According to Rep. Benjamin Agarao, he felt alluded to by Aguirre because he is the lone member of the Liberal Party in the five districts of Laguna.

Aguirre alleged that the senator and the congressman offered P100-million to testify in favor of de Lima who is also a member of the LP.

In a telephone interview yesterday, Agarao said that Aguirre should clarify his statement, adding that of the five lawmakers representing the various congressional districts of Laguna, he is the only member of the LP.

“I am shocked,” Agarao said of the news report quoting Aguirre.

“I am the only LP member in Laguna,” Agarao said.

Agarao stressed that he does not know of any inmate who had testified against de Lima in connection with allegations that she was involved in the drug trade at the NBP in Muntinlupa.

The congressional representatives in Laguna include Rep. Arlene Arcillas, Joaqin Chipeco Jr., Sol Aragones, Len Alonte-Naguiat and Agarao.

“If I have that big amount of money, I’ll give it to my constituents because our district is poor,” Agarao said. With Gerry Baldo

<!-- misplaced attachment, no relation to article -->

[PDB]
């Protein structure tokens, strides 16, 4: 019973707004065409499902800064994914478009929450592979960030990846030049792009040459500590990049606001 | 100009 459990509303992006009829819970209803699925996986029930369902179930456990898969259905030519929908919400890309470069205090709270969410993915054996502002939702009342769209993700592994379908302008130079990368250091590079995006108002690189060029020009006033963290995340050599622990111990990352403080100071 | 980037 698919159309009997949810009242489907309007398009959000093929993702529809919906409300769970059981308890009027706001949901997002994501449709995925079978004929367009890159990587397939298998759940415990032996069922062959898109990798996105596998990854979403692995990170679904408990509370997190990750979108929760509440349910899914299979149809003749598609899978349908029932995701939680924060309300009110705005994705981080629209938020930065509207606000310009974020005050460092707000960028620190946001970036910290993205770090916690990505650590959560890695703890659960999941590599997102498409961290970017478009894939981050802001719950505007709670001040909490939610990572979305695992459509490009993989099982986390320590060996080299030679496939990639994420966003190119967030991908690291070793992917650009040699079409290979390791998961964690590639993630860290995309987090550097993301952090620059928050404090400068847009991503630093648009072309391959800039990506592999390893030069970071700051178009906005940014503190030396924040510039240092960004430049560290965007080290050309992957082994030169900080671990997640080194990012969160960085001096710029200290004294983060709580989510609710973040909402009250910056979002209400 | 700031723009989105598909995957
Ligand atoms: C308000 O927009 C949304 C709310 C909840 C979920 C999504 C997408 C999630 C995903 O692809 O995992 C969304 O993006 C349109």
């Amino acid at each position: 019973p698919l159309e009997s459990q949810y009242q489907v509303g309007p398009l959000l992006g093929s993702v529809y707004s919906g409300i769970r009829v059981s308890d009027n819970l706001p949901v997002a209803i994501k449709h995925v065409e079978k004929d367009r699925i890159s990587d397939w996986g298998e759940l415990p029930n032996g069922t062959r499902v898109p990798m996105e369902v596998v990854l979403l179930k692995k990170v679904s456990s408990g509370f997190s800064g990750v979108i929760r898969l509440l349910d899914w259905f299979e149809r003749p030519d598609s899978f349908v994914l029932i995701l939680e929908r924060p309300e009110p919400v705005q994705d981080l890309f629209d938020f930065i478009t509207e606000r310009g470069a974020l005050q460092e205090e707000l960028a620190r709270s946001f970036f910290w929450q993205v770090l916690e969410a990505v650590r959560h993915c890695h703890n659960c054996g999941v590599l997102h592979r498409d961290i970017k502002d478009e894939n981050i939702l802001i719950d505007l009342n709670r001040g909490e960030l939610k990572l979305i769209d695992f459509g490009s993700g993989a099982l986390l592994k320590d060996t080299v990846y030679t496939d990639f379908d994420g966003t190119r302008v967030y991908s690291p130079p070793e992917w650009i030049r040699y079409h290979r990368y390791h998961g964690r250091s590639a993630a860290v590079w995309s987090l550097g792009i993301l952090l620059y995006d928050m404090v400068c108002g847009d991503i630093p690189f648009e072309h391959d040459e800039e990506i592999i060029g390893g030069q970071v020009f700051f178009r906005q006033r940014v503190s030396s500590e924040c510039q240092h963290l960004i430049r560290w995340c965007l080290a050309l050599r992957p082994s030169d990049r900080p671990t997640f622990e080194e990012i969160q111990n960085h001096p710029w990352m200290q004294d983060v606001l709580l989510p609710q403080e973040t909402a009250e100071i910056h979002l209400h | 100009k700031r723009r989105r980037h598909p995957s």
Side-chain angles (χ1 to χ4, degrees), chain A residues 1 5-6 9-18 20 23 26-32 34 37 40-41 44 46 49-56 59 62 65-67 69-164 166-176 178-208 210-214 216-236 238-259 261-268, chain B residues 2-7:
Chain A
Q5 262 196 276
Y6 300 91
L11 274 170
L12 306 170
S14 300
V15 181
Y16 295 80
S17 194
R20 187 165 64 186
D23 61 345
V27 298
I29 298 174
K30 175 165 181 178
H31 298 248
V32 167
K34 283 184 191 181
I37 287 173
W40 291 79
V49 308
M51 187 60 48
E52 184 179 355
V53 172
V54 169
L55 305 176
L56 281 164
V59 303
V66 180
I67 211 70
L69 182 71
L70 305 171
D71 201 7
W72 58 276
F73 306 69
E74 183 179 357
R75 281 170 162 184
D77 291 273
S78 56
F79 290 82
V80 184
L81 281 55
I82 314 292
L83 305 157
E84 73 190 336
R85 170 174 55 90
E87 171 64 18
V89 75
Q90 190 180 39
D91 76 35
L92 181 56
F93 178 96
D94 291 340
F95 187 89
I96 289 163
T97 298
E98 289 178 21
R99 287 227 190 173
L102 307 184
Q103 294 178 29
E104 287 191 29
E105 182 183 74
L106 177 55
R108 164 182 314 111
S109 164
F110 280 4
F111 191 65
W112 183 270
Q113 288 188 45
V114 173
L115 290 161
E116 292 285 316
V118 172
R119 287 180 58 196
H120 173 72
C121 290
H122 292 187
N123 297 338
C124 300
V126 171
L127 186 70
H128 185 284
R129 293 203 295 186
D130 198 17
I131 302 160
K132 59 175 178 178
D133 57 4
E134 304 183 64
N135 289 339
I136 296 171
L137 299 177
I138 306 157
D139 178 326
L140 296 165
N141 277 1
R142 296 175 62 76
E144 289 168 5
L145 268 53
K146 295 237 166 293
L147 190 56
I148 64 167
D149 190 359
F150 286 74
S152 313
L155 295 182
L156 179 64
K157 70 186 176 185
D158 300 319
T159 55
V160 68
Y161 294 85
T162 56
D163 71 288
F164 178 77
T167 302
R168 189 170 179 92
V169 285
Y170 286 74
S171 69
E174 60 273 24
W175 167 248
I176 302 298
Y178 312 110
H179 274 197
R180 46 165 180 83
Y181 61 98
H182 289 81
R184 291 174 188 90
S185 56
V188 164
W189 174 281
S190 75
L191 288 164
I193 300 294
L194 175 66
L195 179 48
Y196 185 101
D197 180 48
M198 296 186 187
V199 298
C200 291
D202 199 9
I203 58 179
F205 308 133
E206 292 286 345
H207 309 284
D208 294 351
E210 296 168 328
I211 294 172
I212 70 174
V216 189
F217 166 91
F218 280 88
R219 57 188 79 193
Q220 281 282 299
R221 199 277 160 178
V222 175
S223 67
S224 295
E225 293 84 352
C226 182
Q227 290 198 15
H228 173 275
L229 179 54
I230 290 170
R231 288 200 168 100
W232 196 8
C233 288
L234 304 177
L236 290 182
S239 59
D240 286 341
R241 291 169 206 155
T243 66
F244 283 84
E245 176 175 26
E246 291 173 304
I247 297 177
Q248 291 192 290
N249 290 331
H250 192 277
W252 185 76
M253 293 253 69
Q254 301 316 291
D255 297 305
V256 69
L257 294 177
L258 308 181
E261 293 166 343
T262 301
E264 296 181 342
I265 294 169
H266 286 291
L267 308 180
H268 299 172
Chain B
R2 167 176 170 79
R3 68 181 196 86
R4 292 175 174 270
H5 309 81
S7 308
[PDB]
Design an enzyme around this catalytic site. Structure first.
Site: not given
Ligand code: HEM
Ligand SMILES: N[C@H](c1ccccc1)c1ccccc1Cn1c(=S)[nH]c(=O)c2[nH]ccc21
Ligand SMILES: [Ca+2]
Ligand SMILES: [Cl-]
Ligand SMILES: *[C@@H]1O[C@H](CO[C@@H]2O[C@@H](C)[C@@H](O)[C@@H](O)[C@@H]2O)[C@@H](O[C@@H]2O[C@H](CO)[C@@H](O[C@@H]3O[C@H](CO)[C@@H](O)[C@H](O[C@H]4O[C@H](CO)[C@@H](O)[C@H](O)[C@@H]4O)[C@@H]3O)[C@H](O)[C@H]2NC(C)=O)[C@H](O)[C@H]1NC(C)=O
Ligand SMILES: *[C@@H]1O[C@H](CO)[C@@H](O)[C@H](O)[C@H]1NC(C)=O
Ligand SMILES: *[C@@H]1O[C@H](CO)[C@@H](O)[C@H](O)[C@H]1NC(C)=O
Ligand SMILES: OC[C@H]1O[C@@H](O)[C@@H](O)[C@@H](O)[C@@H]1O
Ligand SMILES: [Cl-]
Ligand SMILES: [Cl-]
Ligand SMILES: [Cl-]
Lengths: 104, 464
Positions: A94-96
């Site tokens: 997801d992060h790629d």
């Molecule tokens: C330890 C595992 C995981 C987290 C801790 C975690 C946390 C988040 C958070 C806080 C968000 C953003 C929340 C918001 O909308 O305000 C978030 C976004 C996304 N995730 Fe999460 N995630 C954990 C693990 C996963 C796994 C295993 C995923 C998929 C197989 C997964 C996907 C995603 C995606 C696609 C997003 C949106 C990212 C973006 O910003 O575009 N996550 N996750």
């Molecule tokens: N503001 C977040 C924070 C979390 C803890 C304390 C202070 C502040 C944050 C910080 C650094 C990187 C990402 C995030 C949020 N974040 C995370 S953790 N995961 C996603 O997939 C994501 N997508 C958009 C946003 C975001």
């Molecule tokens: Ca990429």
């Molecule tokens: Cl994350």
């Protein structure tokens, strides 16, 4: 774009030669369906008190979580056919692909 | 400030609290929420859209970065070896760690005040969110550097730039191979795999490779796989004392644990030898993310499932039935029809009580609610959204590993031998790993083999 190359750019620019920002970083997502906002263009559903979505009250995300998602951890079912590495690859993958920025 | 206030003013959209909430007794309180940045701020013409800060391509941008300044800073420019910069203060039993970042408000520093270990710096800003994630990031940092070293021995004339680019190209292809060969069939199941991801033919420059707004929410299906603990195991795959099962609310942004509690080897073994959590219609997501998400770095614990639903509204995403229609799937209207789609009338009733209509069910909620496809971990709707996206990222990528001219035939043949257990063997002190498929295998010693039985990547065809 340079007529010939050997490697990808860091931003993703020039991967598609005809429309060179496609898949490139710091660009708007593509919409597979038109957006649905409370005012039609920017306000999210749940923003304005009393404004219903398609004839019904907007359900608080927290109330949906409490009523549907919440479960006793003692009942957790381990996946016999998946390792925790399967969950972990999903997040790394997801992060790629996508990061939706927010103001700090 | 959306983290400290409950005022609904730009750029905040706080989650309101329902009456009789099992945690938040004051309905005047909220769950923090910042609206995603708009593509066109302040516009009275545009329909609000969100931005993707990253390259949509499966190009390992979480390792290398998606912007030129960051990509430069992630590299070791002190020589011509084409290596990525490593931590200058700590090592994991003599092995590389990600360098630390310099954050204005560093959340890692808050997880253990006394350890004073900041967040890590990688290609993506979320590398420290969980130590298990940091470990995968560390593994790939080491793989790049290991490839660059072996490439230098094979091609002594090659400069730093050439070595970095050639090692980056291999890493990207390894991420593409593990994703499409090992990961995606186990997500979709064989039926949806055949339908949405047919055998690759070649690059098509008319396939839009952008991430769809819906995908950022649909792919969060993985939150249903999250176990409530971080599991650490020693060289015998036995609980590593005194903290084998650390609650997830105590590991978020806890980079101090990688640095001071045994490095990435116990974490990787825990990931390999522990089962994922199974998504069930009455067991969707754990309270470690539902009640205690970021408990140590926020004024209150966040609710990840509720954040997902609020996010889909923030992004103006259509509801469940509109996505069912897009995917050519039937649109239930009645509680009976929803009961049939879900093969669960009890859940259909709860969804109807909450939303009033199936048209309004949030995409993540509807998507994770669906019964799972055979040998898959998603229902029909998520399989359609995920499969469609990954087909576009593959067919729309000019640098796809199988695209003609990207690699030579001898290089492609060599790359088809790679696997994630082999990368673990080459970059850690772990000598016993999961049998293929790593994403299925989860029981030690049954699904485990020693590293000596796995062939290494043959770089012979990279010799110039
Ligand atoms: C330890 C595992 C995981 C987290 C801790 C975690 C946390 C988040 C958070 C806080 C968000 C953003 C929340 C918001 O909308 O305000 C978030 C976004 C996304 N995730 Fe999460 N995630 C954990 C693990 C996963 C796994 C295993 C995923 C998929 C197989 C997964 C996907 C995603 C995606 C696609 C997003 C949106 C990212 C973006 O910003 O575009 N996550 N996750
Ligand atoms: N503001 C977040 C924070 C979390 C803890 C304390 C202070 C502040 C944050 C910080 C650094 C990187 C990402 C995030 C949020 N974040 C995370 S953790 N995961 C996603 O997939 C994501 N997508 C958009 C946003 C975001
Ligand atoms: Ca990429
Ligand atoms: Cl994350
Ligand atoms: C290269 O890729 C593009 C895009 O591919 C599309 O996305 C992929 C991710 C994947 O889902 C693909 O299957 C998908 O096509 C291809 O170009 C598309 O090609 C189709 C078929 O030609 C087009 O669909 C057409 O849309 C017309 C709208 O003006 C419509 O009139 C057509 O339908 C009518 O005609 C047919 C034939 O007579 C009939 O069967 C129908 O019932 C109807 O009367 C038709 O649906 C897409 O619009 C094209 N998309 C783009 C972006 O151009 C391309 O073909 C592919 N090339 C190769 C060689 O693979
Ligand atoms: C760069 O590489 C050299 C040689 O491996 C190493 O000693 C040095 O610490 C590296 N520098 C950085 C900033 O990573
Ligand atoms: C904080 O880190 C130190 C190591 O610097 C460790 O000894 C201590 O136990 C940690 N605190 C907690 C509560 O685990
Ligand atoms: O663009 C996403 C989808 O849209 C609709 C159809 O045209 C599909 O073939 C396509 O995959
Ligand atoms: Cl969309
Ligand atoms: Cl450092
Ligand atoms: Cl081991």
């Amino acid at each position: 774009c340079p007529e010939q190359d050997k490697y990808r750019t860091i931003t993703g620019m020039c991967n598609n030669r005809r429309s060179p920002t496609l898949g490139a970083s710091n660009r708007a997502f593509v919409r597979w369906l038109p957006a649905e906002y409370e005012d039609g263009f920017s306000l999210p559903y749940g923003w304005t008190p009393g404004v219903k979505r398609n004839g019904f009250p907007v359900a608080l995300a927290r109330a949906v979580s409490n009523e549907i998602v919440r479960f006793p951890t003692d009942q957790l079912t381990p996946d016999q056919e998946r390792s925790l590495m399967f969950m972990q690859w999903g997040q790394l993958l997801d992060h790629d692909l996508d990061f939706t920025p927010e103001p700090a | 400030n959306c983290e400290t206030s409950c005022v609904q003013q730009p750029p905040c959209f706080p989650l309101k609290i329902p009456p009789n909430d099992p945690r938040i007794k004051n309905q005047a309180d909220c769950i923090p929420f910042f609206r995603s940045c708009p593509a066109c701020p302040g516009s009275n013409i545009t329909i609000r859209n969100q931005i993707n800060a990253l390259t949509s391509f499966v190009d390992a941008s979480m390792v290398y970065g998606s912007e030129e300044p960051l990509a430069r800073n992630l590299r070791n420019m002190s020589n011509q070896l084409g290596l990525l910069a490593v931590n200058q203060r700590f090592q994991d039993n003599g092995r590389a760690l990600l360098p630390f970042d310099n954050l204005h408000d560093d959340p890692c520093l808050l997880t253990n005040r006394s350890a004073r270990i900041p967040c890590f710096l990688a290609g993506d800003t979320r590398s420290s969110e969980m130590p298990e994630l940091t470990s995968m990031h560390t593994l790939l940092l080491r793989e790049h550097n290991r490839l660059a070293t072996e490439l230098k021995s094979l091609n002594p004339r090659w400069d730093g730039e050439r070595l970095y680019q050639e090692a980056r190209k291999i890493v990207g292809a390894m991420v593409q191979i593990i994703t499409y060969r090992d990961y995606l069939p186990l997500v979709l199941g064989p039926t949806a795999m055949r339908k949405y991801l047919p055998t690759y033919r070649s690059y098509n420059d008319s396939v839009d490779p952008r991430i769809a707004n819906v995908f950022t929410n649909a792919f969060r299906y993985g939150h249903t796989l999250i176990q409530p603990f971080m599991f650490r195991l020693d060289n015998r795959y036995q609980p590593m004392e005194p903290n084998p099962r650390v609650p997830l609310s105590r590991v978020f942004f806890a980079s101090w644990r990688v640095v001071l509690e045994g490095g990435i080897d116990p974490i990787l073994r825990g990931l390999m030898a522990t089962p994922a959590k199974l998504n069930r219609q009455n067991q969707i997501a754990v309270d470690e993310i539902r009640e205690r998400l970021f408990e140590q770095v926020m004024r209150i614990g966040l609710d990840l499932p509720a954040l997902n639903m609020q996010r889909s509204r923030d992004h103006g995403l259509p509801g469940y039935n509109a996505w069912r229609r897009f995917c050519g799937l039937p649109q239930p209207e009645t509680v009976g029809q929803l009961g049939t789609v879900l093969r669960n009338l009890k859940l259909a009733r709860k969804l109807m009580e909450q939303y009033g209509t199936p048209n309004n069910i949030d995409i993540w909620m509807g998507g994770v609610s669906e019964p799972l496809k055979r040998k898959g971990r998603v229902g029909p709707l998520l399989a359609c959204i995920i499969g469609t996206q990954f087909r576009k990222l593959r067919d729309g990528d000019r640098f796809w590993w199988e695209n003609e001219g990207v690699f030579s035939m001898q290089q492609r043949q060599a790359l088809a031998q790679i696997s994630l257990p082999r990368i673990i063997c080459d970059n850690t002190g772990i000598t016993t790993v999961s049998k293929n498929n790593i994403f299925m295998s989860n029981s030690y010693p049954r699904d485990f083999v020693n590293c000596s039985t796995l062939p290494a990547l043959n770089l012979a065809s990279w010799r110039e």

TRIBUNE

No political martyr, she Written by Ninez Cacho-Olivares Saturday, 25 February 2017 00:00

Sen. Leila de Lima is finally getting her comeuppance, even as she tries to portray herself as a political martyr while her lawyers and Liberal Partymates echo her refrain of her arrest being illegal, still insisting, like Leila, that the jurisdiction does not belong to the Muntinlupa Regional Trial Court (RTC) but to the Ombudsman.

They also, like Leila, cry that her arrest brings a chilling effect on all those who oppose Rody Duterte, while Leila keeps on claiming that she is being charged, arrested and detained for opposing Duterte and exposing him as the brains behind the extrajudicial killings, as a Davao City mayor and now President of the Republic, thus as her logic goes, making her the first political prisoner under the Dutere presidency.